As a writer, sometimes the words just don't flow. You know it as writer's block and it is absolutely one of the most difficult and frustrating things any wordsmith encounters. It happens in some way, shape or form to every writer, I'm sure - and I've found that the only way out for me is to keep writing, as contra-indicated as that seems. When that big cloud of nothing moves in, I try to head it off at the pass by entering a poetry contest or submitting something to a new market - be it pet or tech-savvy publications (all are a little outside of my comfort zone). Hey - the worst that could happen is the editors or contest judges aren't feeling it and don't publish my piece; it's not like they can take my first-born or anything. And by the time the contest winners are announced or the publications have sent out the "Dear Contributer" emails, the fog has lifted and the words are usually flowing from my fingers again.
Ironically, I do the same thing in karate. When in a rut - be it a training stagnation or a post-competition or post-grading lull - I find things to concentrate on to get my mind out of the ditch, give my body a chance to rest or even to try something new, like small-circle Jiu Jitsu, Aikido or Krav Maga. What I've discovered, mostly via trial and error, is that a new goal or challenge helps me re-focus and approach my training from a different perspective, allowing the fog to get gone already.
Well, karateka's block has recently decended on my path. I'm in a karate rut and I'm planning on kata-ing myself out of it.
From my friends at Harlem Goju, I learned a beautiful Shotokan kata about six months ago that they require all of their shodan candidates to learn called Gankaku/Kankaku (it used to be refered to as "Chinto"). I learned it from Master Dave Thomas who, like me, is tall with long limbs. The kata translates to "crane on a rock" because the single-leg balance movements resemble what the majestic bird looks like when it is preparing to do its thing. Those movements, Master Dave said, would allow me to fully use both my arm and leg length in a way no other kata (of the 20 or so in my Goju repertoire) could.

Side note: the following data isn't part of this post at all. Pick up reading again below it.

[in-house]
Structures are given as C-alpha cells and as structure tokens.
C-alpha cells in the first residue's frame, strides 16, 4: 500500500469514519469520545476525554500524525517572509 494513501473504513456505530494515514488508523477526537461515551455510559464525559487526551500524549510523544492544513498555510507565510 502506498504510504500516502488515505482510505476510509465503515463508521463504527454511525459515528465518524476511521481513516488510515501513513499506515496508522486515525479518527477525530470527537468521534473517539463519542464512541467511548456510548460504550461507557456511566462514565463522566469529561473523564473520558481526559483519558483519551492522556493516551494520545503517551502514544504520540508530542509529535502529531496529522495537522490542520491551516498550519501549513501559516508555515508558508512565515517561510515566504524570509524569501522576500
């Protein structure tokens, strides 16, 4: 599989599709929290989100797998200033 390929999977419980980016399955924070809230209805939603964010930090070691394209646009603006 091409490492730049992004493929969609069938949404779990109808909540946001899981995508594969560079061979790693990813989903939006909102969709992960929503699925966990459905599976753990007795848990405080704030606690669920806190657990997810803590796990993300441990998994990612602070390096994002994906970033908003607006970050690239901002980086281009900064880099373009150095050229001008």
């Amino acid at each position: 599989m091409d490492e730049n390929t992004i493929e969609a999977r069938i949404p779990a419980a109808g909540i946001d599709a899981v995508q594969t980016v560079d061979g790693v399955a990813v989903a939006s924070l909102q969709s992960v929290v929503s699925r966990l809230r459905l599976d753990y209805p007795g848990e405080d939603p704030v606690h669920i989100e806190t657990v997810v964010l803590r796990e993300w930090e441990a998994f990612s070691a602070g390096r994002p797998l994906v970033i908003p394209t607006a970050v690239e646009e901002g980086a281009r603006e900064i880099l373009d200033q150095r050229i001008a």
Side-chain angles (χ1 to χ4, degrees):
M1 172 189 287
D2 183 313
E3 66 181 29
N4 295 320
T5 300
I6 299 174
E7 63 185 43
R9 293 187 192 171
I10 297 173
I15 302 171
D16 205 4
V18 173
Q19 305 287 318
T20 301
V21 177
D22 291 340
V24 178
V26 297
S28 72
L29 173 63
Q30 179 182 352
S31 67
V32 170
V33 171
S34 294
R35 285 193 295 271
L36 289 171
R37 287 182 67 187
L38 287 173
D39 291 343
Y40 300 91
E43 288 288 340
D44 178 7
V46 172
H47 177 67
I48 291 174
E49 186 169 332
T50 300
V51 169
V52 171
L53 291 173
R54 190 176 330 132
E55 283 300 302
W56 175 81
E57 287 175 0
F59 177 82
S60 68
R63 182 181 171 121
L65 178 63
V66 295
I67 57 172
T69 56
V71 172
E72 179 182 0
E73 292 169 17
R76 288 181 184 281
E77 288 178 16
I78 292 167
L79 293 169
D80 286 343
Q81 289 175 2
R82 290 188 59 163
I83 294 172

Another great thing about the kata is from a purely competitive viewpoint: since Goju katas are not known for their high kicks (most of our kata kicks are below the obi; heck, one of my absolute favorite katas - Seiuchin - has no kicks in it at all!), competing with them at open tournaments (where practioners from Tae Kwon Do, Kung Fu and other styles are letting the spinning hook, high crescent and vertical roundhouse kicks fly) presents a bit of a challenge. Gankaku has a bevy of face-level side kicks and even a big tobi mae geri (jumping front kick) to boot :-) See for yourself:
The balance required is amazing and looks so effortless when I watch the kata. A bit of a different story when I'm doing it, but I'm flowing it everyday and oiling the sticking points. Polishing it in hopes of competing with it at the Diamond Valley Classic in November is actually helping me chip through my current karate block.
In karate, there is always something new to learn, tweek, refine or tighten. I can frustrate myself to distraction waiting for the fog to clear or I can move around and look for a way to MAKE it clear by learning something new, tweeking, refining and tightening things I already know.
I'm chosing the latter :-)